Streaming Officially Bigger Than Cable and Satellite TV in US, Research Shows

New Deloitte study shows that 69 percent of Americans now pay for at least one streaming service

Traditional TV is slowly headed the way of the dinosaur and Betamax, with more Americans subscribing to a streaming service than paying for satellite TV or cable for the first time ever, according to a new survey from Deloitte.

The numbers are close —  69 percent of respondents are paying for at least one streaming service, compared to 65 percent paying for cable or satellite — but traditional TV is trending in the wrong direction, with the 13th annual Digital Media Trends Survey showing 27 percent of respondents have dropped their pay TV packages in the last year. That stat has been reflected in the struggles of the usual TV juggernauts, with DirecTV reporting it lost 400,000 subscribers during the fourth quarter of 2018 alone.

Netflix, on the other hand, has continued to flourish, with the world’s dominant streaming service adding nearly 30 million customers last year. It now has about 60 million subscribers just in the U.S.

One reason viewers are continuing to drop cable and satellite: they hate advertisements. 75 percent of Deloitte’s respondents said there are too many ads when they watch traditional TV.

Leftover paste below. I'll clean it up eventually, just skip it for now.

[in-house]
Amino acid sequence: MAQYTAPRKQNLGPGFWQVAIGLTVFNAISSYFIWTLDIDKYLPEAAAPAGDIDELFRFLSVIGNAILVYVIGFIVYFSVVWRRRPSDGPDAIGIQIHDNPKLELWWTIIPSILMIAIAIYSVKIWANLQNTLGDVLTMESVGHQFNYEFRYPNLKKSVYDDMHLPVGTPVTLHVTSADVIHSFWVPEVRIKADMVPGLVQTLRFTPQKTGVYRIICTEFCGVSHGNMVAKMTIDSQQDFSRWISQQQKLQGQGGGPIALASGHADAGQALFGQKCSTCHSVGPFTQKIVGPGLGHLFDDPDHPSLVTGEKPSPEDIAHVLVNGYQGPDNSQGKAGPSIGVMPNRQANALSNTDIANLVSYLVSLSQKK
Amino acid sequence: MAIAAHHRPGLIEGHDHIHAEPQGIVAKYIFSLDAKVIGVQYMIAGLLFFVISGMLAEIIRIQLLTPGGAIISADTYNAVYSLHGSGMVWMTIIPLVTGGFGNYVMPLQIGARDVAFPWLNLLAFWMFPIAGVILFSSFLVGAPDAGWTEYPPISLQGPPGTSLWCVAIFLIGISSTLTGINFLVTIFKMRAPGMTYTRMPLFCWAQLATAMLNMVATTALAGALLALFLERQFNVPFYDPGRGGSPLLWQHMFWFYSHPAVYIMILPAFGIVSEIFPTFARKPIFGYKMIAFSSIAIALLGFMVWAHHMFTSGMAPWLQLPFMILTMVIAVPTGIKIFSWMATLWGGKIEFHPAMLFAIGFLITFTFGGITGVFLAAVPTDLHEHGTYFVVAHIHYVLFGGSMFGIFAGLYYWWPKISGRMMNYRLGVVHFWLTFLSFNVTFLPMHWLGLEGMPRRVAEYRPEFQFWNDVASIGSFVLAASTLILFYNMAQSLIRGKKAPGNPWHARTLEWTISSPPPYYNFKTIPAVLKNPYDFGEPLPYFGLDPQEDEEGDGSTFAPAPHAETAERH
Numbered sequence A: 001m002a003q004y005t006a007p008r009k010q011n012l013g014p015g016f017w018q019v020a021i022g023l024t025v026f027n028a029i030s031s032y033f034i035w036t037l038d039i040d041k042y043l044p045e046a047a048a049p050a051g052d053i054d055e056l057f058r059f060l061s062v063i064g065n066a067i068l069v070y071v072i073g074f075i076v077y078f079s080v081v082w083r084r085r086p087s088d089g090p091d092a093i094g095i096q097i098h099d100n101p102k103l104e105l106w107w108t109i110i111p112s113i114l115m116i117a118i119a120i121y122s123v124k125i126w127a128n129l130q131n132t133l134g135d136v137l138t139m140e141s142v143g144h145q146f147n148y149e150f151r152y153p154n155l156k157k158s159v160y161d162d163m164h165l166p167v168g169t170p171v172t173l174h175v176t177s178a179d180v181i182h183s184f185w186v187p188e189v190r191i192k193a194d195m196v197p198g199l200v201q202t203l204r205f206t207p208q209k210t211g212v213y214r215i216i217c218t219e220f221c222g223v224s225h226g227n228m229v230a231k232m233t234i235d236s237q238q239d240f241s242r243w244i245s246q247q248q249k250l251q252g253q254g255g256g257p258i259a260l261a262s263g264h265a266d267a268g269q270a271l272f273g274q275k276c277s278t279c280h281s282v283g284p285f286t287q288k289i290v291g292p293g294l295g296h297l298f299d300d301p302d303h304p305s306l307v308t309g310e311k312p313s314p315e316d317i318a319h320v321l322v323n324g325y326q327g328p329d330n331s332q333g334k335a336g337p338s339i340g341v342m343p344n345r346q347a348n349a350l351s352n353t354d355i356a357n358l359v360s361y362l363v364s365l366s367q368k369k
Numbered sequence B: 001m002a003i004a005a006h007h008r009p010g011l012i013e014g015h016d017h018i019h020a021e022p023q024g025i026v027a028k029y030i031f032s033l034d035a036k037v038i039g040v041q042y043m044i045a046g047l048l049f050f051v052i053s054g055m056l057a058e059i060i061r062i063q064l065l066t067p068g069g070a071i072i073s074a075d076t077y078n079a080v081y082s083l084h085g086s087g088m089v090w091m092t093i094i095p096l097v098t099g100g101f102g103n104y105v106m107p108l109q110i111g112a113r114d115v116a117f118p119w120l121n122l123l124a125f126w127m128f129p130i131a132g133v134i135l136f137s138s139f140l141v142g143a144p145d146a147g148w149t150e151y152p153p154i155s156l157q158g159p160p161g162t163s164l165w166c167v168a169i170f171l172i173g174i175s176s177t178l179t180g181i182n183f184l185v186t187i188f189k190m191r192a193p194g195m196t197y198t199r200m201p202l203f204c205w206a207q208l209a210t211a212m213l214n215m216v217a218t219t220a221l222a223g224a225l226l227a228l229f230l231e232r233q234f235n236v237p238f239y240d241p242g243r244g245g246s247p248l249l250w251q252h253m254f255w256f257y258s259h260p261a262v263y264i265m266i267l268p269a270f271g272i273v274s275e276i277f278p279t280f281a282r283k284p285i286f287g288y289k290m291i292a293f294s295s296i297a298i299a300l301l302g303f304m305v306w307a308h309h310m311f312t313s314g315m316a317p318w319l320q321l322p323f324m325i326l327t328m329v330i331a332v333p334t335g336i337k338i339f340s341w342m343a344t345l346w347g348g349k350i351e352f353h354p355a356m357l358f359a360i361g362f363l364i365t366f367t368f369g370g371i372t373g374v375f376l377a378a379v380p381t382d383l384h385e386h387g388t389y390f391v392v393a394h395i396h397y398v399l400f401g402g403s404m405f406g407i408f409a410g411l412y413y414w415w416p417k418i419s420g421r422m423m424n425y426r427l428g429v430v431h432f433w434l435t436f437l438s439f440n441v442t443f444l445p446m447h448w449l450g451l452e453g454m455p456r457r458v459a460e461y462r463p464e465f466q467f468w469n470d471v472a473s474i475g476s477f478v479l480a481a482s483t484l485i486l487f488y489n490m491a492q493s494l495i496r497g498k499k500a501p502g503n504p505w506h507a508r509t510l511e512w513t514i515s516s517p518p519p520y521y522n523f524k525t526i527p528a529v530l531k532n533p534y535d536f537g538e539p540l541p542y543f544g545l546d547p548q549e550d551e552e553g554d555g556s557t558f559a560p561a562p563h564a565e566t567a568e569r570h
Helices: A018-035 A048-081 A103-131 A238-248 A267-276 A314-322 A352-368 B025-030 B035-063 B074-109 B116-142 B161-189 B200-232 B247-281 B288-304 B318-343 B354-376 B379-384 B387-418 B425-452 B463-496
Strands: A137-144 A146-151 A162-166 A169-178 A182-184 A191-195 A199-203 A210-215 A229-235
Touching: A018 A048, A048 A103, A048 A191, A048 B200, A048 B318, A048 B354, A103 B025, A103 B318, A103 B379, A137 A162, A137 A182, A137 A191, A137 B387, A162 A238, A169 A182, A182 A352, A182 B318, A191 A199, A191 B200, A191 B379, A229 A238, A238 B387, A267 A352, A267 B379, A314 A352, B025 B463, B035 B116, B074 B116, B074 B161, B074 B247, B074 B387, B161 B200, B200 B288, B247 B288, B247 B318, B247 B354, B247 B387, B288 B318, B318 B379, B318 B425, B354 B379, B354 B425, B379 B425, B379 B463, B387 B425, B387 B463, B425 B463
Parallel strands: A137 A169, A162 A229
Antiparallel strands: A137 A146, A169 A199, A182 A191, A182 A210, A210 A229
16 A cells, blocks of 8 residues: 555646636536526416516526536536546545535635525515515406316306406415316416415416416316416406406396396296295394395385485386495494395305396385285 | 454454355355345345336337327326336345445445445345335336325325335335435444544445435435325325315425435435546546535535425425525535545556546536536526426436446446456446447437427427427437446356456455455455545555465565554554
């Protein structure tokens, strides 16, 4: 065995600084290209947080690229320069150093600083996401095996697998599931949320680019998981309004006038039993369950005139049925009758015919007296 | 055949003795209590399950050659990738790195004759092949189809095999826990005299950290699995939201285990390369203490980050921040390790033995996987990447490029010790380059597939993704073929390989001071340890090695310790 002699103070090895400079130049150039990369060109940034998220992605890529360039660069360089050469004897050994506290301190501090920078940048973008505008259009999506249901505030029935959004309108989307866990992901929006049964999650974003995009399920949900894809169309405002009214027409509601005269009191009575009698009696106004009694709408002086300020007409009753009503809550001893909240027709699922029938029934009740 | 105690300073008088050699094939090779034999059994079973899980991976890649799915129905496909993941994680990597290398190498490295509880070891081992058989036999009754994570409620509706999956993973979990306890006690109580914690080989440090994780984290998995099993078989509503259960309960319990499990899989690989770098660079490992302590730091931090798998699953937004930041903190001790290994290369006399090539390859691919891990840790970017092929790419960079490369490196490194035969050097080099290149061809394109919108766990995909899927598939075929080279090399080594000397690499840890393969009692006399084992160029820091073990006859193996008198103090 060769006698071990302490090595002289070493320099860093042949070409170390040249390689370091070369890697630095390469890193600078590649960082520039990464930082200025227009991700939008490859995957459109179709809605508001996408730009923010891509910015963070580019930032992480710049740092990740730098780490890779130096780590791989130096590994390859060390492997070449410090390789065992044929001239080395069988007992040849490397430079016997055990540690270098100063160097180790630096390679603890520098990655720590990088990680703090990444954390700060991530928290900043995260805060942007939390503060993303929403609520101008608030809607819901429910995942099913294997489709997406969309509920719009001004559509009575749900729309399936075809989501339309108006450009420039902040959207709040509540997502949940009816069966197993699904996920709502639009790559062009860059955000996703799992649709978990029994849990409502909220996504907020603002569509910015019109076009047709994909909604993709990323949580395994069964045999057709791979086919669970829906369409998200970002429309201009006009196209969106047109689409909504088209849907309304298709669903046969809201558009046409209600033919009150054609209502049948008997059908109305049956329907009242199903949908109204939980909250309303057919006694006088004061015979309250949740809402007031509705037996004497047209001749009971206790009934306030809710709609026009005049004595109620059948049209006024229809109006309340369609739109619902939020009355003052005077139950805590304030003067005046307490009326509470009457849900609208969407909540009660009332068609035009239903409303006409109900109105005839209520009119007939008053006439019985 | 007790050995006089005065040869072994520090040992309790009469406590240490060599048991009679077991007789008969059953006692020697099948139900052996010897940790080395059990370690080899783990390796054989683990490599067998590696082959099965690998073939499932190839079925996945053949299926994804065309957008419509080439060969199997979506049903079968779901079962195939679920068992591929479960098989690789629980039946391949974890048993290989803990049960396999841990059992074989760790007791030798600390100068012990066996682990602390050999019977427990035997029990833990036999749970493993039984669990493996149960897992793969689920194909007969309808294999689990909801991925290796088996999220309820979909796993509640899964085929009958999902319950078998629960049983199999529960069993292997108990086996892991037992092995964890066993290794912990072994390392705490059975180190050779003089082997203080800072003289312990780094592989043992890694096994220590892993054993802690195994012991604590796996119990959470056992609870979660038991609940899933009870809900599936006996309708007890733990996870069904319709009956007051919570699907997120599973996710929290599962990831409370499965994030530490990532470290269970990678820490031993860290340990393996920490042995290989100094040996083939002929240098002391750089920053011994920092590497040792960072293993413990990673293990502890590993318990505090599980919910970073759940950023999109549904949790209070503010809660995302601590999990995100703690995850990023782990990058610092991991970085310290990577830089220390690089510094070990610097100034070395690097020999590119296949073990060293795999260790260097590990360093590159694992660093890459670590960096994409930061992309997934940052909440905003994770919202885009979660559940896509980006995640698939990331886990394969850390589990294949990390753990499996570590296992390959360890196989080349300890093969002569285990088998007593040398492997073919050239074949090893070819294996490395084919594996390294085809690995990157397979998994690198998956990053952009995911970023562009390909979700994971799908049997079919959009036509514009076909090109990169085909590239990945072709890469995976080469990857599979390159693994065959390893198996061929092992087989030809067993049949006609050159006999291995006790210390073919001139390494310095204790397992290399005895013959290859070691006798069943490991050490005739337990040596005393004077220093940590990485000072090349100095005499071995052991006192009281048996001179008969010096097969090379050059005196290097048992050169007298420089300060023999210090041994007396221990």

Still, the report shows streaming versus traditional TV isn’t necessarily an “either/or proposition,” at least right now for many viewers, with 43 percent of respondents paying for at least one streaming service and one pay-TV package.

Binge watching, which Deloitte defines as watching four hours or more of content in a single sitting, continues to play a major role in streaming’s rise, with 37 percent of millennials saying they binge at least once per week. Another 40 percent of U.S. millennials said they stream at least one movie per day.

Perhaps ironically, one red flag for streaming, according to the report, could be an increasingly crowded market. The more streaming services there are — and with more on the way from Apple and WarnerMedia — the more frustrating it will get for viewers to follow and pay for.

“With more than 300 over the top video options in the U.S., coupled with multiple subscriptions and payments to track and justify, consumers may be entering a time of ‘subscription fatigue,'” said Kevin Westcott, vice chairman and U.S. Telecom and Media and Entertainment leader at Deloitte.

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